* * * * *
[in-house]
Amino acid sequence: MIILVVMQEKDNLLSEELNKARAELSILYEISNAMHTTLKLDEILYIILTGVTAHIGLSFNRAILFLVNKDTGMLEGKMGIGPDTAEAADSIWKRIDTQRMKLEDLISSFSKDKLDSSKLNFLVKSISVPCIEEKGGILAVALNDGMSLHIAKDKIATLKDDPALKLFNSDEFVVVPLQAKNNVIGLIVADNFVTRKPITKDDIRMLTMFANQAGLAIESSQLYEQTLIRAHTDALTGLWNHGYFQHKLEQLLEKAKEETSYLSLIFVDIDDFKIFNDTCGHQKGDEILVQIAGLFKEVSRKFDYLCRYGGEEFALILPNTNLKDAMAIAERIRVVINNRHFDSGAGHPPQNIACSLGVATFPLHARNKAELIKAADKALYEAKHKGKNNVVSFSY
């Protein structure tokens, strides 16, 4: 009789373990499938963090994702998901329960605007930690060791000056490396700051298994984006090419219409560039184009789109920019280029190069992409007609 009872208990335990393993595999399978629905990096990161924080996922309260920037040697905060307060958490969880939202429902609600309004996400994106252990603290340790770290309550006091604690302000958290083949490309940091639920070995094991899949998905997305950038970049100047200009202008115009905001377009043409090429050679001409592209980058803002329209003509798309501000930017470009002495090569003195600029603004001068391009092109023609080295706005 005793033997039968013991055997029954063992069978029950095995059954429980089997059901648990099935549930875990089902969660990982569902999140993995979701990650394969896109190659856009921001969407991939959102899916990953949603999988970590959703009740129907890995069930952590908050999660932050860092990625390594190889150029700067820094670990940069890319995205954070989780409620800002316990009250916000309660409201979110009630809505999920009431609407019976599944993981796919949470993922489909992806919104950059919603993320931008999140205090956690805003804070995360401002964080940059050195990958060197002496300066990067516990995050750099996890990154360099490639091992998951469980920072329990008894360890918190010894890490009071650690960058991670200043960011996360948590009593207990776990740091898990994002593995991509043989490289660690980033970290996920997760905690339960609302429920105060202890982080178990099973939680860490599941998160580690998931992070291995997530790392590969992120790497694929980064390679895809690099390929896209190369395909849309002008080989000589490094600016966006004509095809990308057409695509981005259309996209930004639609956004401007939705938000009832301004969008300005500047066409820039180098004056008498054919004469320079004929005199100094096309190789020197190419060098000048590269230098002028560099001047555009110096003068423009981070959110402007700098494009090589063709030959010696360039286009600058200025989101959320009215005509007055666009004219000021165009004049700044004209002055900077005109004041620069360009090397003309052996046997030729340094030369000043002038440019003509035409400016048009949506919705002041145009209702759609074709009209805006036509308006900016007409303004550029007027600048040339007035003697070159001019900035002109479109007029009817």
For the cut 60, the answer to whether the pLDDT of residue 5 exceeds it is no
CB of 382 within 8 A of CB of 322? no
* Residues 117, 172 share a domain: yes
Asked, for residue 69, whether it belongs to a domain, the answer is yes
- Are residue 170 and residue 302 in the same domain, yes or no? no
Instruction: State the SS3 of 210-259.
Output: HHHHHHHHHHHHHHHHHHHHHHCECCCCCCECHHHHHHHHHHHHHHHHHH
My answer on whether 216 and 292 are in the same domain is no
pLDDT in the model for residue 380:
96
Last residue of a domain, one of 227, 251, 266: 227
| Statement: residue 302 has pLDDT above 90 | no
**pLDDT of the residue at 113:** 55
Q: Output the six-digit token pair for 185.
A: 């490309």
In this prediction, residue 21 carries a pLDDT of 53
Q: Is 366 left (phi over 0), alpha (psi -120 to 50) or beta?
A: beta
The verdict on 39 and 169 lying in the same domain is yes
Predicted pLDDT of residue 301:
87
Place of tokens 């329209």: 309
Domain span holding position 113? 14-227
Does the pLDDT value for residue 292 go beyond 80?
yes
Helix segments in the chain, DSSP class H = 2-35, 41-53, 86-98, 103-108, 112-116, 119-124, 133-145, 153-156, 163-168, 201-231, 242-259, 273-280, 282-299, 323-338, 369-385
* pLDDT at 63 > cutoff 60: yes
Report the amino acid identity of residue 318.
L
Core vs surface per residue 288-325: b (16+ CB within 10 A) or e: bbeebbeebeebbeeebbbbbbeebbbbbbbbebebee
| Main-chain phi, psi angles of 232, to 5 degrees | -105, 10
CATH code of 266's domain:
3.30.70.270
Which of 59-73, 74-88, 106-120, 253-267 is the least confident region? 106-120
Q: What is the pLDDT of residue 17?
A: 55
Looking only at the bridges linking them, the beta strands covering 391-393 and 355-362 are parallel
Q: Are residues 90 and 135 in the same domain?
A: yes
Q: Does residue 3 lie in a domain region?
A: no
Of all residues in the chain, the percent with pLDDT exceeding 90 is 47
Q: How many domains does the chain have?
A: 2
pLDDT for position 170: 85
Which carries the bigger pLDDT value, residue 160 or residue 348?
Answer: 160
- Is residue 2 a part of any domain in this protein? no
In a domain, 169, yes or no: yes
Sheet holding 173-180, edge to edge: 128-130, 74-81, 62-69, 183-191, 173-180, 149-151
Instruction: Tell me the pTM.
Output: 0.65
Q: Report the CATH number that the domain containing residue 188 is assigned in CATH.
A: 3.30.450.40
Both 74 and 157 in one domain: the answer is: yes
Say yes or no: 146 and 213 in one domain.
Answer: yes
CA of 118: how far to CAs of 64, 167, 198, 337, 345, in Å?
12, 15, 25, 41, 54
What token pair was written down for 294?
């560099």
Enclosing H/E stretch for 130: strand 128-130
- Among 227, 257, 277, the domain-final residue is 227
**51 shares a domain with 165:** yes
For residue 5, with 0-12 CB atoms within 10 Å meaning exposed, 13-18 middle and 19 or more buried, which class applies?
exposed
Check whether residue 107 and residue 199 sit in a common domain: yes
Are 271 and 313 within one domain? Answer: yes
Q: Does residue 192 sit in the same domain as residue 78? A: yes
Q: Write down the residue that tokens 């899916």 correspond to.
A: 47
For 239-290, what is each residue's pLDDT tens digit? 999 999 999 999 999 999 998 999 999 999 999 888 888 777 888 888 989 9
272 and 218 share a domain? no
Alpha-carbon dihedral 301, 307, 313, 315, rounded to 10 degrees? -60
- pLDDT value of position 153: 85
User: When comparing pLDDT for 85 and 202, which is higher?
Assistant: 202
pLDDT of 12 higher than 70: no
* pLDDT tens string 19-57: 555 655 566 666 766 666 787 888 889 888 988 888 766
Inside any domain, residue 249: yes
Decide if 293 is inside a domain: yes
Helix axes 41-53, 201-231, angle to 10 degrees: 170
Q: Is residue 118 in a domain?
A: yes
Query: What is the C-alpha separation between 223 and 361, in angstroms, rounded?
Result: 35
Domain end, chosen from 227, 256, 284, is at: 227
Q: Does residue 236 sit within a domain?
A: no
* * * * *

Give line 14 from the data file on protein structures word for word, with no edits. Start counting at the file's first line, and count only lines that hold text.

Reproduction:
Last residue of a domain, one of 227, 251, 266: 227